Is London going hybrid, remote or back to the office?

Interview with Tushar Agarwal, Co-founder & CEO of Hubble

As lockdown restrictions ease on the 19th of July, we will likely no longer be asked to work from home. Many businesses are welcoming this reopening, while others have found that remote-working or hybrid work models work well for them. 

To find out whether London is going back to the office, remote or hybrid, we spoke to Tushar Agarwal, Co-founder & CEO of Hubble.

Thank you Tushar, we really appreciate you finding the time to speak with us!


You have a unique insight into how London-based companies have been adapting to and planning the future of work. What can you share?


Tushar: Since the pandemic began, we’ve spoken to thousands of business owners and decision-makers about how they were thinking about their post-Covid workplace. Last year, we surveyed over 1,000 employees on their experience working from home during coronavirus and—with this in mind—how they’d like to work in the future. 

We got thousands of fascinating data points, but a few stood out. For example, we found that 86% of employees now want to work remotely at least once a week, but only 15% want to do so every day. What’s more, 76% feel as productive, if not more so, at home—but only 9% categorically thought that their company no longer needed an office of any kind. 

Of course, demographics also play a big part—as does the role, department, and sector that an employee works in. And that’s the crux of it: there’s no one-size-fits-all solution to the future of where we work. Flexibility is key.

Since we’ve had this extended WFH experiment—which proved that people can work away from the office effectively—employees will demand more and want more say in where and how they work. Employers will have to listen to their employees and create personalised work environments—which in turn, will help them benefit from happier, more productive employees and much better talent, hiring, and retention.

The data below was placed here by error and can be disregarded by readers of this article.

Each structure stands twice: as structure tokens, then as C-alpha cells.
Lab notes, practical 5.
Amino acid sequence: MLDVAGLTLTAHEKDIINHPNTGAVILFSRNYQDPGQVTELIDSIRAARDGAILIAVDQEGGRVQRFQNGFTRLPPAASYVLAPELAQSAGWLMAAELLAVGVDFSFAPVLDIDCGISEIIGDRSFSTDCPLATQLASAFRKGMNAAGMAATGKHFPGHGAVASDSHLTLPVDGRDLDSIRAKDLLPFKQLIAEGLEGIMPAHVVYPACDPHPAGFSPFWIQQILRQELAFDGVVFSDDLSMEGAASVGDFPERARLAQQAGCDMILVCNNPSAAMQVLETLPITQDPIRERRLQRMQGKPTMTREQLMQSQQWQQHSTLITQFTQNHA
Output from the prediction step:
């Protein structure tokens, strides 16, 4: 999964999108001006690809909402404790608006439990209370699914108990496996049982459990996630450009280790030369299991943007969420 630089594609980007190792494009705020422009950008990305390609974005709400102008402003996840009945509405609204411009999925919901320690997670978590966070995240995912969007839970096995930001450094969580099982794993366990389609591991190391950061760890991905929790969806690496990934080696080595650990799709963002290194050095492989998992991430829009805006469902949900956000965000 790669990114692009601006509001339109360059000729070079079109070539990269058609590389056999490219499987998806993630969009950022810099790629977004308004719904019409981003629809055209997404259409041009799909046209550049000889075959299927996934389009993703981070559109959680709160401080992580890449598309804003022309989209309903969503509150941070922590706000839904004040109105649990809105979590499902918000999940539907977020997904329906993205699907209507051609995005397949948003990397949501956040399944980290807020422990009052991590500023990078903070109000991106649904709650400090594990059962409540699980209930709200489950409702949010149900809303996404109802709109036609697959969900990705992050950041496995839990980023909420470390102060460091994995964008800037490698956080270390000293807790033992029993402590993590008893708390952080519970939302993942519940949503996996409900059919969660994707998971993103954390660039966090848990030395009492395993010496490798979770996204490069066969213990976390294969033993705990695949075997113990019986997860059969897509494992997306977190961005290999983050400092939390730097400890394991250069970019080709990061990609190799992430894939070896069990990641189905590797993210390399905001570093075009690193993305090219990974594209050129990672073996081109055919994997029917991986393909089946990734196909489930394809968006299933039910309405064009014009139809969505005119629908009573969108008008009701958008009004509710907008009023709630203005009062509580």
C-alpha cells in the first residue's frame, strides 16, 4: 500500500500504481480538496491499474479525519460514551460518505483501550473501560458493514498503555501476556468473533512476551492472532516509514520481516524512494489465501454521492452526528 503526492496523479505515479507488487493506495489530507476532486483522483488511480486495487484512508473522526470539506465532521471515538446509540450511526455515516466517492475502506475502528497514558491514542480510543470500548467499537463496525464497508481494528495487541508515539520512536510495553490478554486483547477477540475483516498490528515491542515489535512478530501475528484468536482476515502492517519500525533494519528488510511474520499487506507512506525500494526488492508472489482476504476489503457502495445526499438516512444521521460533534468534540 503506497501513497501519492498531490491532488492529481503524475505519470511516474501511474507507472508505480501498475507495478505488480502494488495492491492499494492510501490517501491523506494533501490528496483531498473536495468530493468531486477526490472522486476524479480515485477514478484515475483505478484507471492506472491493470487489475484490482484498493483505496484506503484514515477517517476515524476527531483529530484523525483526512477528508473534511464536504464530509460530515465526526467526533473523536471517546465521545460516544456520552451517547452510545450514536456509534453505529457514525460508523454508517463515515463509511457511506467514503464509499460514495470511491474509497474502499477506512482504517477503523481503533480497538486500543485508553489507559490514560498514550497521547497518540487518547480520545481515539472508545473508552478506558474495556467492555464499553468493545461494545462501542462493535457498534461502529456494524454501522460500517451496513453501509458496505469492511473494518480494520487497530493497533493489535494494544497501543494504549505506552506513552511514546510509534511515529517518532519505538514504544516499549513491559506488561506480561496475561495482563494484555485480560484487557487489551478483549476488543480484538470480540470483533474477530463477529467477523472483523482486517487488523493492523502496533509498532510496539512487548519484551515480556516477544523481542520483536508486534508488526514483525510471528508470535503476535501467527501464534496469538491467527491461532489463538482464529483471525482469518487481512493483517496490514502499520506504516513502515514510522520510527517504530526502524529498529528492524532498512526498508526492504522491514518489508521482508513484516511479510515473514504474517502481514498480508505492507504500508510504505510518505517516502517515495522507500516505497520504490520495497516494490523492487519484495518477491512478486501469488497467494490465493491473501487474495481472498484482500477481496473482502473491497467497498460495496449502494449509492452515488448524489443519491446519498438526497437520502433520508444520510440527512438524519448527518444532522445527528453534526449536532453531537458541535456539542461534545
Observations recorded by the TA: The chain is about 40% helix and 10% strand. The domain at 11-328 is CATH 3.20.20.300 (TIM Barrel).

Pre-COVID, full-time office working was the default option for most businesses. But now, it looks like those businesses may well become the minority. It’s safe to say that the world of work will never be the same again. 


Hubble is now also helping companies with their hybrid workspaces. What is your key strategy, and do you see many companies going hybrid?


Tushar: Absolutely. For the past five years, HubbleHQ has been London’s largest online marketplace for renting flexible office space, and we’ve helped some of the UK’s most forward-thinking companies find flexible workplace solutions to meet their needs—including Monzo, Trustpilot, PwC, and Accenture.

But given the momentous changes in the world of work, and the insights we’ve gleaned from our extensive customer research over the past 18 months, we’re now launching as the world’s first Hybrid Workplace Platform.

To do this, we’ve built four products that enable businesses to configure a workplace setup tailored to their specific needs—whether that be across HQ space, home working solutions, access to a global network of on-demand workspace, or a combination of all three.